The word **orthogonal** conjures up memories of wonderful maths classes, many years ago, as well as more obscure readings, much later, of absconse topological subjects. Geometry was one of the great pleasures of my youth: yes, we are all different!

I quote from: Barile, Margherita. “Orthogonal.” From *MathWorld*–A Wolfram Web Resource, created by Eric W. Weisstein. http://mathworld.wolfram.com/Orthogonal.html

“In elementary geometry, orthogonal is the same as perpendicular. Two lines or curves are orthogonal if they are perpendicular at their point of intersection. Two vectors and of the real plane or the real space are orthogonal iff their dot product . This condition has been exploited to define orthogonality in the more abstract context of the -dimensional real space .

More generally, two elements and of an inner product space are called orthogonal if the inner product of and is 0. Two subspaces and of are called orthogonal if every element of is orthogonal to every element of . The same definitions can be applied to any symmetric or differential *k*-form and to any Hermitian form.”

For those of my readers so inclined, Wikipedia has an interesting article on matrices!

“In linear algebra, an **orthogonal matrix** is a square matrix with real entries whose columns and rows are orthogonal unit vectors (i.e., orthonormal vectors), i.e.

where *I* is the identity matrix.

This leads to the equivalent characterization: a matrix *Q* is orthogonal if its transpose is equal to its inverse:

An orthogonal matrix *Q* is necessarily invertible (with inverse *Q*^{−1} = *Q*^{T}), unitary (*Q*^{−1} = *Q**) and therefore normal (*Q***Q* = *QQ**) in the reals. The determinant of any orthogonal matrix is either +1 or −1. As a linear transformation, an orthogonal matrix preserves the dot product of vectors, and therefore acts as an isometry of Euclidean space, such as a rotation or reflection. In other words, it is a unitary transformation.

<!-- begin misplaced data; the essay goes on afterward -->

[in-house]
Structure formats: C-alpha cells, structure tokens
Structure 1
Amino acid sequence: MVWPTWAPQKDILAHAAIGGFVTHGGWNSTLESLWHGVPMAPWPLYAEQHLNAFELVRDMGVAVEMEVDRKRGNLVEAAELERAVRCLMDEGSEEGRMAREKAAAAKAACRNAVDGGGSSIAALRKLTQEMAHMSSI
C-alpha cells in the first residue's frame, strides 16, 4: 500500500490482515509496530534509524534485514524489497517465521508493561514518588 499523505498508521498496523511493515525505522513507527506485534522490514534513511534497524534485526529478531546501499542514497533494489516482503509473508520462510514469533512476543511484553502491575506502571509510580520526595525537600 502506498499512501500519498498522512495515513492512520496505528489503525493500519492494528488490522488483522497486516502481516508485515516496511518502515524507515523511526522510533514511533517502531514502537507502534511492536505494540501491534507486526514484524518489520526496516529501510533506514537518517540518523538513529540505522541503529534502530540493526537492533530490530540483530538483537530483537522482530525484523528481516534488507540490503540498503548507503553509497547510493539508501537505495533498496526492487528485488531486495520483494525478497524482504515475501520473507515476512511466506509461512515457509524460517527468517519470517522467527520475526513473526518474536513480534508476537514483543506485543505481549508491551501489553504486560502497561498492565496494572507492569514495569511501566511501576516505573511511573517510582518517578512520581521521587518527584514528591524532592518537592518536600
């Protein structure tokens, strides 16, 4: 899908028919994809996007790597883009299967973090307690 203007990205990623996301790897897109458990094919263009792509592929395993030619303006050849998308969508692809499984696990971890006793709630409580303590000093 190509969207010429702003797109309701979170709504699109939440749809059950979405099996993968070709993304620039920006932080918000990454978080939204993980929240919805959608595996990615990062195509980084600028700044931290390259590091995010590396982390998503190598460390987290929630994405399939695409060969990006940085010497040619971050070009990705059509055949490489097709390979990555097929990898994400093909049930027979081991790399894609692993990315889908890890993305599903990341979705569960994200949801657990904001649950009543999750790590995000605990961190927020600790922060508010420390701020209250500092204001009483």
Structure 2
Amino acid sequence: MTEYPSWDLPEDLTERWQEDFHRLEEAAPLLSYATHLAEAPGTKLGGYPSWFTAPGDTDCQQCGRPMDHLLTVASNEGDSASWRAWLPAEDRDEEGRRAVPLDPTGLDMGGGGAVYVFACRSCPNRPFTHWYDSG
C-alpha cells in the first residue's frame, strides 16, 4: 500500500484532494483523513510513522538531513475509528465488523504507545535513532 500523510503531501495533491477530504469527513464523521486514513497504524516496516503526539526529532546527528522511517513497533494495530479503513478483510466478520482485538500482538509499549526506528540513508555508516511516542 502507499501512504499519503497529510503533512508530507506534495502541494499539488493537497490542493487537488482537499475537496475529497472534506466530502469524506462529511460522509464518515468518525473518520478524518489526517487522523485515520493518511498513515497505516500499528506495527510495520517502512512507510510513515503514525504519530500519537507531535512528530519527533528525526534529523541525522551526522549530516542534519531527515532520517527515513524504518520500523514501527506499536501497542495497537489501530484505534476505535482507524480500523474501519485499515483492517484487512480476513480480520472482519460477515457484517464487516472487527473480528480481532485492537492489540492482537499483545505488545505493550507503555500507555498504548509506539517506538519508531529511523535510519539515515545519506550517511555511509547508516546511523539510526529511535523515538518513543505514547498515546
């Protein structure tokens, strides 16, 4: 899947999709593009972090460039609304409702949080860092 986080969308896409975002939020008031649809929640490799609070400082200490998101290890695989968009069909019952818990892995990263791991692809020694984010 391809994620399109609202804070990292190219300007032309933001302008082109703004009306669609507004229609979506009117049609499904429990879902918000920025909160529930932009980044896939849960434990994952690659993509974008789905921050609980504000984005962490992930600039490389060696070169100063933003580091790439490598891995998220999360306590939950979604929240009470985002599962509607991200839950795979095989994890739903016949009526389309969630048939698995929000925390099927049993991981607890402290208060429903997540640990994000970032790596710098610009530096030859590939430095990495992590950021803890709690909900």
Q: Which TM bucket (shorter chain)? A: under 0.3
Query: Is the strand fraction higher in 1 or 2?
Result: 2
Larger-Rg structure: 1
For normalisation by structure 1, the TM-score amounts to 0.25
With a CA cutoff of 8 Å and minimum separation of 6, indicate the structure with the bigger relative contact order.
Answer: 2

The set of *n* × *n* orthogonal matrices forms a group *O*(*n*), known as the orthogonal group. The subgroup *SO*(*n*) consisting of orthogonal matrices with determinant +1 is called the special orthogonal group, and each of its elements is a **special orthogonal matrix**. As a linear transformation, every special orthogonal matrix acts as a rotation.

The complex analogue of an orthogonal matrix is a unitary matrix.”

*Image: orthogonal projection at http://english.rejbrand.se/algosim/visualisation.asp?id=orthogonal_projection*

Sorry! I must have missed that one. Maybe it was meant to happen since geometry has never been my cup of tea! See you for letter S!

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